Best restaurants in Mauritius, Réunion & Seychelles

  • Top ChoiceRestaurants in Mahé

    La Grande Maison

    At Takamaka Bay, La Grande Maison is the home kitchen of Christelle Verheyden, arguably the country's most talented chef. The atmosphere, in a restored and airy colonial home, is a fine backdrop for Verheyden's exquisite tastes built around the best local (often organic) ingredients and fine-dining sensibility. Verheyden is also a sommelier: the wines are as excellent as the cooking. The menu changes almost daily but Verheyden wouldn't dare change favourites such as Creole bouillabaisse, pork rum and raisin, or seafood au coco (where the seafood is served in a coconut). Lunch is a more casual affair, with perfectly conceived tapas. The terrace at the back opens onto a tropical garden, there's live music from 8pm on some evenings. We'd eat here every day if we could.

  • Top ChoiceRestaurants in Mauritius

    Le Café des Arts

    This intriguing dining option is located within an old mill that has been transformed into Victoria 1840, an oddly charming gallery space, with canvases of wicked brushstrokes adorning the cracked brick walls. The food, an exquisite, modern nod to traditional island flavours, mirrors the old-meets-new surrounds. Lunch can be reserved for groups with 24 hours' notice. You'll also receive tapas-like snacks with the pre- and after-meal aperitifs, with a CD of music thrown in.

  • Top ChoiceRestaurants in Chamarel

    Restaurant Le Barbizon

    Barbizon may not look like much, but it's a fabulous place. Marie-Ange helms the kitchen, whipping up traditional Mauritian flavours from her family's cookbook, while Rico L'Intelligent (what a name!) entertains at the tables. He doesn't give you a menu. Instead, he offers a feast of rum punch, rice, five vegetables, and fish or chicken. This is the best Rs 450 you'll spend on the island.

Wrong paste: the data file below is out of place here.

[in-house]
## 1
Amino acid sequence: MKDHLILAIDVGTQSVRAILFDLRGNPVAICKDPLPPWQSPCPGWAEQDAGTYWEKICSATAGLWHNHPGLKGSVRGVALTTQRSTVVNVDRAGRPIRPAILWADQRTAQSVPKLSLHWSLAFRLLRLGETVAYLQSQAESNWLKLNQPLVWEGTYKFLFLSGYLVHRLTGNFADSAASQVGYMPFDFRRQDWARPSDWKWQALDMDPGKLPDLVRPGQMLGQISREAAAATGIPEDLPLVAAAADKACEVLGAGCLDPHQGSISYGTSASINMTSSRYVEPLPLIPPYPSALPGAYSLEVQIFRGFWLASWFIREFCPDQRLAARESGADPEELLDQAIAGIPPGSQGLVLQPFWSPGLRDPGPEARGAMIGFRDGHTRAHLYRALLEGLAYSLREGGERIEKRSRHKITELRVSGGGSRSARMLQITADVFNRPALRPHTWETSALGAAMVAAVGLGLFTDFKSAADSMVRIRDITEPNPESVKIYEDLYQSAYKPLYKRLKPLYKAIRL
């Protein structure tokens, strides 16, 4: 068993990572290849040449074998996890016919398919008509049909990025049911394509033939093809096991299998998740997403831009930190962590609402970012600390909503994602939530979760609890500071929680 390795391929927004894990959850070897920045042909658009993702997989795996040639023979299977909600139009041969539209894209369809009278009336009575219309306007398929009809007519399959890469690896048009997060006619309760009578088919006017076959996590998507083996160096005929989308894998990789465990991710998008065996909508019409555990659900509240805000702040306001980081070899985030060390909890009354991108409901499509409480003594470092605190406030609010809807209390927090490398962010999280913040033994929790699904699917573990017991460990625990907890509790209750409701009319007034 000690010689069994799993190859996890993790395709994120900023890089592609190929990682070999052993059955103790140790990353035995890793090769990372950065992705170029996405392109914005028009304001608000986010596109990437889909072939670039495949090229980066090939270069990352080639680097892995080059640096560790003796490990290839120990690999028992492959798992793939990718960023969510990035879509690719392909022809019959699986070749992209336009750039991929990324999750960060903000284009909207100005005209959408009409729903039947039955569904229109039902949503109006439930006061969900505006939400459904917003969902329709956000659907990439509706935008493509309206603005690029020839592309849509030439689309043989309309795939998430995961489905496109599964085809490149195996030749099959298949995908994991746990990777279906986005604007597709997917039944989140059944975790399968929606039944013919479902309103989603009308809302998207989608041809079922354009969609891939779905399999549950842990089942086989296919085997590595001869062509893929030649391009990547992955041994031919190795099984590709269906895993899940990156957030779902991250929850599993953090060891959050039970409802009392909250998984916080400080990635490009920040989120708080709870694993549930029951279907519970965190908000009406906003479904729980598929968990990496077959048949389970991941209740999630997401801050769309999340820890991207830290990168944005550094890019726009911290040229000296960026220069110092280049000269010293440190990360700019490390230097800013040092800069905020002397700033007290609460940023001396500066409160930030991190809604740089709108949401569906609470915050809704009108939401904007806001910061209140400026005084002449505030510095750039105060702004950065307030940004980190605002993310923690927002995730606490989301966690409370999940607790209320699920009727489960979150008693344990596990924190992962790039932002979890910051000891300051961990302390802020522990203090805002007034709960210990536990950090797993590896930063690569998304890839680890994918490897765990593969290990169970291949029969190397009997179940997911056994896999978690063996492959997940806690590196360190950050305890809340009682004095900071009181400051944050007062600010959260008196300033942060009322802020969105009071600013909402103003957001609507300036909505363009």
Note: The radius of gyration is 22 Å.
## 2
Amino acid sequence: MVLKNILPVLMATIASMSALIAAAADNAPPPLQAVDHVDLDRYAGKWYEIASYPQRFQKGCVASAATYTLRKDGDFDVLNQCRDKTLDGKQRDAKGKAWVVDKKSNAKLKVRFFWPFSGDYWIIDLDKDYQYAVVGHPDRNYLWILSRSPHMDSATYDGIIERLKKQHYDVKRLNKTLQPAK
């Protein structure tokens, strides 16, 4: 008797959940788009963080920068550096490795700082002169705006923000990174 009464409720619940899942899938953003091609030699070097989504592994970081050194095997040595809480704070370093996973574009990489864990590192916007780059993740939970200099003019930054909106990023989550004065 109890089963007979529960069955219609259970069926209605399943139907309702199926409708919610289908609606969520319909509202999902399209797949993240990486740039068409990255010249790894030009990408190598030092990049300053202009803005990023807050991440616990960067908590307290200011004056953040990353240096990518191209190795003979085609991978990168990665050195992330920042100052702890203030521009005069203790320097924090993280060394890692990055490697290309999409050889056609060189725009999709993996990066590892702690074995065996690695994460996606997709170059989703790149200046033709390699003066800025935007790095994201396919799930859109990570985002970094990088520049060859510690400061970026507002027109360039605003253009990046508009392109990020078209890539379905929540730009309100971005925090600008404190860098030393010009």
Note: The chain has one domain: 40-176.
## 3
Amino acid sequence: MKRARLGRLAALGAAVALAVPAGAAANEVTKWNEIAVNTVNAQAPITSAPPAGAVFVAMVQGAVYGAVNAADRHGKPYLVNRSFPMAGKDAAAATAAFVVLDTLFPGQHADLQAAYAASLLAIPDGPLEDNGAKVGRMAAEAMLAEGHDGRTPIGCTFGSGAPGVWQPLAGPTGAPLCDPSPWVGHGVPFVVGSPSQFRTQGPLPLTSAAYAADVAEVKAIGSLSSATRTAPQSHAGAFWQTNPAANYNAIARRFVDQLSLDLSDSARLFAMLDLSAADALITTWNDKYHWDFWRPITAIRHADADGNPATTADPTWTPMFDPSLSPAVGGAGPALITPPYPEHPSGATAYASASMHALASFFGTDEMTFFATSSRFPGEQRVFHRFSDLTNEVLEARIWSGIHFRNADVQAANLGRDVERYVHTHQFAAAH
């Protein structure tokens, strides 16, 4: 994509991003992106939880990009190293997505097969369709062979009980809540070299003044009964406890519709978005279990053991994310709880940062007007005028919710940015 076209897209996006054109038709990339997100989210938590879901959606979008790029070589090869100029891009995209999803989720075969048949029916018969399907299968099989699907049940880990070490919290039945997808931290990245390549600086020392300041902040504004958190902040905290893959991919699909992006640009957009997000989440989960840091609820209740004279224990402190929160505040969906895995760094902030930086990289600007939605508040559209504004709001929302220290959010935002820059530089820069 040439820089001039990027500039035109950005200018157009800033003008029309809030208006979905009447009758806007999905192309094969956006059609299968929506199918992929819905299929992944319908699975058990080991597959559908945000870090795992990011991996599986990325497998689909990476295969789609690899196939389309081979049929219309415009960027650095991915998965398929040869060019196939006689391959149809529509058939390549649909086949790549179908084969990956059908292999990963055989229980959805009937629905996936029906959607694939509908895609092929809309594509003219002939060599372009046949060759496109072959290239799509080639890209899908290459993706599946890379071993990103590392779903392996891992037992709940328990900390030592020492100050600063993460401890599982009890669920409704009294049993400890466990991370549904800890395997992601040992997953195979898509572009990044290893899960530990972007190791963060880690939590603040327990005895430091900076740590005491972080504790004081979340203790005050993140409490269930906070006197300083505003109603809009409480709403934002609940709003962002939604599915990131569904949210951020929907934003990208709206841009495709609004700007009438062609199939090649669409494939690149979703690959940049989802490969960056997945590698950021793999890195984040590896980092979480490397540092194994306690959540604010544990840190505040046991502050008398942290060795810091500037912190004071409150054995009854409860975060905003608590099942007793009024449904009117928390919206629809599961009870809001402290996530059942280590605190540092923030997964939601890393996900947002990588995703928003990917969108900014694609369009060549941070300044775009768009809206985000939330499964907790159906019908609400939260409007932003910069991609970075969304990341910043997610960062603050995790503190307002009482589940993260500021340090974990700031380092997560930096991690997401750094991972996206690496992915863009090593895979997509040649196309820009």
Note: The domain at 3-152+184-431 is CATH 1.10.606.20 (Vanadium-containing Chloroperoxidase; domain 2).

• Top ChoiceRestaurants in Port Louis


    Set in a refurbished colonial home in the heart of the capital's chaos, Lambic is a beer buff's paradise, with dozens upon dozens of local and imported beers, including a particularly rich selection from Belgium and the local craft beer. The food has some unusual local dishes such as roasted wild boar from the Vallée de Ferney. Waiters are well versed in the high art of matching platters to pints (yes, that's right – you match your meal to your beer here). And if the dark-wood bar, antique timber beams and fanned napkins don't win you over, then you'll surely be impressed by the glass-faced pantries covering the interior walls – they reveal hundreds of alcoholic imports.

  • Top ChoiceRestaurants in Grand Baie


    'Domaine' is the answer every local offers when travellers ask where to go to savour some Mauritian home cookin'. The best dishes are those starred on the menu as local specialities – offerings such as ourite safrané (octopus cooked in ginger, garlic and turmeric) and chilli lamb. It can be hard to find and you'll need a private vehicle or taxi. Take the M2 towards Port Louis, then turn left off the motorway at the first roundabout and follow the signs to The Vale. Once in the village, look for the 'Snack Mustapha' sign where the main road doglegs left – turn hard right and then take the second paved road on the left, around 250m down the hill.

  • Top ChoiceRestaurants in La Digue

    Le Domaine's Combava

    Surrounded by water features and ocean views, this elegant open-air restaurant within Le Domaine de L'Orangeraie Resort & Spa offers fine dining, a cool setting and attentive service. It's particularly atmospheric in the evening. Lunch dishes range from succulent ceviche and Thai curries to pizza and burgers, while dinner serves up perfectly prepared seafood and meat dishes with both Creole and international flavours. If nothing else, come for the suave desserts – the pistachio and chocolate 'Norwegian Omelette' (aka baked Alaska) flamed in Takamaka rum is worth every calorie.

  • Top ChoiceRestaurants in Grand Baie

    Boulette Ti Kouloir